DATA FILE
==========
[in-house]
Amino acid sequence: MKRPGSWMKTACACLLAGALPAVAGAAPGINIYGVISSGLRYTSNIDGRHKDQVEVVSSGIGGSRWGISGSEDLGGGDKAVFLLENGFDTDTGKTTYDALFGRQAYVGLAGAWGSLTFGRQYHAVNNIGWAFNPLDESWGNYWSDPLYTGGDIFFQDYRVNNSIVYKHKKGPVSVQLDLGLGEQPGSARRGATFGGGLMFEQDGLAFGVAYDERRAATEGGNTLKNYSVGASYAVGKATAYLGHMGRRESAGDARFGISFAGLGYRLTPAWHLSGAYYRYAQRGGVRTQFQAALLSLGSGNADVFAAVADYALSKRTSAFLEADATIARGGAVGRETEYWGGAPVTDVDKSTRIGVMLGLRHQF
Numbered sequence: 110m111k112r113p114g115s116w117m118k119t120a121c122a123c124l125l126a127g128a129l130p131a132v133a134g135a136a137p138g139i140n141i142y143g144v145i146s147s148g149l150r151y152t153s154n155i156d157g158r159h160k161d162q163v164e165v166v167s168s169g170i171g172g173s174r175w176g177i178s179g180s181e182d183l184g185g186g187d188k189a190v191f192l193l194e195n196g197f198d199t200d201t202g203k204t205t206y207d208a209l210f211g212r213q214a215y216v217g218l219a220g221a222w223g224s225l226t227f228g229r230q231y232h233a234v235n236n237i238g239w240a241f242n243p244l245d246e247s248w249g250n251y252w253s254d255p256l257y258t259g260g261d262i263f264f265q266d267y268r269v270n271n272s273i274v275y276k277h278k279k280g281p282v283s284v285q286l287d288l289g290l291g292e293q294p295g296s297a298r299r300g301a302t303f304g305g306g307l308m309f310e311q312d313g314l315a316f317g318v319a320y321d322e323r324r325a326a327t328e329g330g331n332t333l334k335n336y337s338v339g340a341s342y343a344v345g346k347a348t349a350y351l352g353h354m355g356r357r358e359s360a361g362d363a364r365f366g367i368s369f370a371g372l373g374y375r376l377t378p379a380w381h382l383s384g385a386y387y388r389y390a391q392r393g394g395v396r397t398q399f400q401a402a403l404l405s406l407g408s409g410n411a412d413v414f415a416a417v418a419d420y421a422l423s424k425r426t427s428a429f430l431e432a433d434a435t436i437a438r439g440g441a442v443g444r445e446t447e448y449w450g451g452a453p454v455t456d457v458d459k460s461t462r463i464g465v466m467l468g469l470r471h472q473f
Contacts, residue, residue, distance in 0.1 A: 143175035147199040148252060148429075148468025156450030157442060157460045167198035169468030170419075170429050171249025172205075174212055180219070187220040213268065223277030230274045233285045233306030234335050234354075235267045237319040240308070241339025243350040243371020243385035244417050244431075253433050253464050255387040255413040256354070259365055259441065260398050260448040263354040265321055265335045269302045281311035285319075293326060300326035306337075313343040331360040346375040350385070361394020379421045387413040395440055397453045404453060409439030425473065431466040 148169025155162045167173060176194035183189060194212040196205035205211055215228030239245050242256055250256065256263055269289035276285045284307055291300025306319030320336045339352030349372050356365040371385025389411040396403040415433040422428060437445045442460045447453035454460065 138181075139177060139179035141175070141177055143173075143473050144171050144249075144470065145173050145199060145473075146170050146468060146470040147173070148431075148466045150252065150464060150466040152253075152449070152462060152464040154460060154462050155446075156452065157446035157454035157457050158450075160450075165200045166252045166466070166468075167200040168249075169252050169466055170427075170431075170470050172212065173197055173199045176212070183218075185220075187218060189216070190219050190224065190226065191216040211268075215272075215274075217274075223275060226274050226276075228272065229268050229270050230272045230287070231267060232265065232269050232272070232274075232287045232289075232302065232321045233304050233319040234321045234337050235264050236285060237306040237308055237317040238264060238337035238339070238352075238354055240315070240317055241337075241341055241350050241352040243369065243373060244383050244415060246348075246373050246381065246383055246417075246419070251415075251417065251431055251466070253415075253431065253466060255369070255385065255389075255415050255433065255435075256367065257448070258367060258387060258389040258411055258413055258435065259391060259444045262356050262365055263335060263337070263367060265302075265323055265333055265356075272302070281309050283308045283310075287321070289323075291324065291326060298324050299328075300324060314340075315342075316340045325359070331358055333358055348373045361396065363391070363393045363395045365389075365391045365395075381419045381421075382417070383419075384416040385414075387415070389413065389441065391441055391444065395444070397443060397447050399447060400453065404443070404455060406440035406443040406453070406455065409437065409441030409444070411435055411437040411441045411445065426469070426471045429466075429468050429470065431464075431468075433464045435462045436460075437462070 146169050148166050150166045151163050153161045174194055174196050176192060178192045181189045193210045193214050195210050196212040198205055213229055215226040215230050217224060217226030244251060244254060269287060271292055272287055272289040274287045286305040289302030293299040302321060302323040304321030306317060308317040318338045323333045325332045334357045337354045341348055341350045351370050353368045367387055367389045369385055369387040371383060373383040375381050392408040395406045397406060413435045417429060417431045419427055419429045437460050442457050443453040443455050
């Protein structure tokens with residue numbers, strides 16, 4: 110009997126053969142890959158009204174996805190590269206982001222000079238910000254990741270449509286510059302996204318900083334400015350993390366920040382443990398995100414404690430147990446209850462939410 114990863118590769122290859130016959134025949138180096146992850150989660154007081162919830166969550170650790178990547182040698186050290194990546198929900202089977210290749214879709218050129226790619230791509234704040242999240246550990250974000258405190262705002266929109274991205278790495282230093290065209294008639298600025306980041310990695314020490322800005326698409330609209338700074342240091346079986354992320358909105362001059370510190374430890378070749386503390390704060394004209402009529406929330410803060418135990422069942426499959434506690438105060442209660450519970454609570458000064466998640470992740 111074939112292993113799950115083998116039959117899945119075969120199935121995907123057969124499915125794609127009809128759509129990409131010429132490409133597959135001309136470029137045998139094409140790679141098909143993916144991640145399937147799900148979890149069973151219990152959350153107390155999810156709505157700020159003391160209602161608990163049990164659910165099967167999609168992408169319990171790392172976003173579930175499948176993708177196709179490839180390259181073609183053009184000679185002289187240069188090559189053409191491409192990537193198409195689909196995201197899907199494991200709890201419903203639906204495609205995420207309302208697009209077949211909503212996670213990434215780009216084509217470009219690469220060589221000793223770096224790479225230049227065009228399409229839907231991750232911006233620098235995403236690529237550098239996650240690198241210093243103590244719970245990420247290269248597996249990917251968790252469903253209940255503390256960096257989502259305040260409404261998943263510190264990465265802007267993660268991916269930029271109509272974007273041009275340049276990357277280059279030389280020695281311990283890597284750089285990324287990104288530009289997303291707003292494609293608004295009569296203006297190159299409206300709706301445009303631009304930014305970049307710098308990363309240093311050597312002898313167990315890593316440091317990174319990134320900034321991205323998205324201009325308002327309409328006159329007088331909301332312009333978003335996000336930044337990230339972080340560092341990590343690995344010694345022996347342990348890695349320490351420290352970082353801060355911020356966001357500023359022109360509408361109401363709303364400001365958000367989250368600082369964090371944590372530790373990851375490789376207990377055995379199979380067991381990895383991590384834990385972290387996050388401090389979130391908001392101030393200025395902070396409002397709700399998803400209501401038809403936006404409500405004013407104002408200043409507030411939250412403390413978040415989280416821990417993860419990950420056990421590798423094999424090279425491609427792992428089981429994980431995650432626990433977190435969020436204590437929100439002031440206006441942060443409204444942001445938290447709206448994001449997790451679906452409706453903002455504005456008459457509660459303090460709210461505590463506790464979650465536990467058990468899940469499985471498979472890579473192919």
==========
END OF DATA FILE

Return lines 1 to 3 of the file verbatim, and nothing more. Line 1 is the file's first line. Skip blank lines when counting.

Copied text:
[in-house]
Amino acid sequence: MKRPGSWMKTACACLLAGALPAVAGAAPGINIYGVISSGLRYTSNIDGRHKDQVEVVSSGIGGSRWGISGSEDLGGGDKAVFLLENGFDTDTGKTTYDALFGRQAYVGLAGAWGSLTFGRQYHAVNNIGWAFNPLDESWGNYWSDPLYTGGDIFFQDYRVNNSIVYKHKKGPVSVQLDLGLGEQPGSARRGATFGGGLMFEQDGLAFGVAYDERRAATEGGNTLKNYSVGASYAVGKATAYLGHMGRRESAGDARFGISFAGLGYRLTPAWHLSGAYYRYAQRGGVRTQFQAALLSLGSGNADVFAAVADYALSKRTSAFLEADATIARGGAVGRETEYWGGAPVTDVDKSTRIGVMLGLRHQF
Numbered sequence: 110m111k112r113p114g115s116w117m118k119t120a121c122a123c124l125l126a127g128a129l130p131a132v133a134g135a136a137p138g139i140n141i142y143g144v145i146s147s148g149l150r151y152t153s154n155i156d157g158r159h160k161d162q163v164e165v166v167s168s169g170i171g172g173s174r175w176g177i178s179g180s181e182d183l184g185g186g187d188k189a190v191f192l193l194e195n196g197f198d199t200d201t202g203k204t205t206y207d208a209l210f211g212r213q214a215y216v217g218l219a220g221a222w223g224s225l226t227f228g229r230q231y232h233a234v235n236n237i238g239w240a241f242n243p244l245d246e247s248w249g250n251y252w253s254d255p256l257y258t259g260g261d262i263f264f265q266d267y268r269v270n271n272s273i274v275y276k277h278k279k280g281p282v283s284v285q286l287d288l289g290l291g292e293q294p295g296s297a298r299r300g301a302t303f304g305g306g307l308m309f310e311q312d313g314l315a316f317g318v319a320y321d322e323r324r325a326a327t328e329g330g331n332t333l334k335n336y337s338v339g340a341s342y343a344v345g346k347a348t349a350y351l352g353h354m355g356r357r358e359s360a361g362d363a364r365f366g367i368s369f370a371g372l373g374y375r376l377t378p379a380w381h382l383s384g385a386y387y388r389y390a391q392r393g394g395v396r397t398q399f400q401a402a403l404l405s406l407g408s409g410n411a412d413v414f415a416a417v418a419d420y421a422l423s424k425r426t427s428a429f430l431e432a433d434a435t436i437a438r439g440g441a442v443g444r445e446t447e448y449w450g451g452a453p454v455t456d457v458d459k460s461t462r463i464g465v466m467l468g469l470r471h472q473f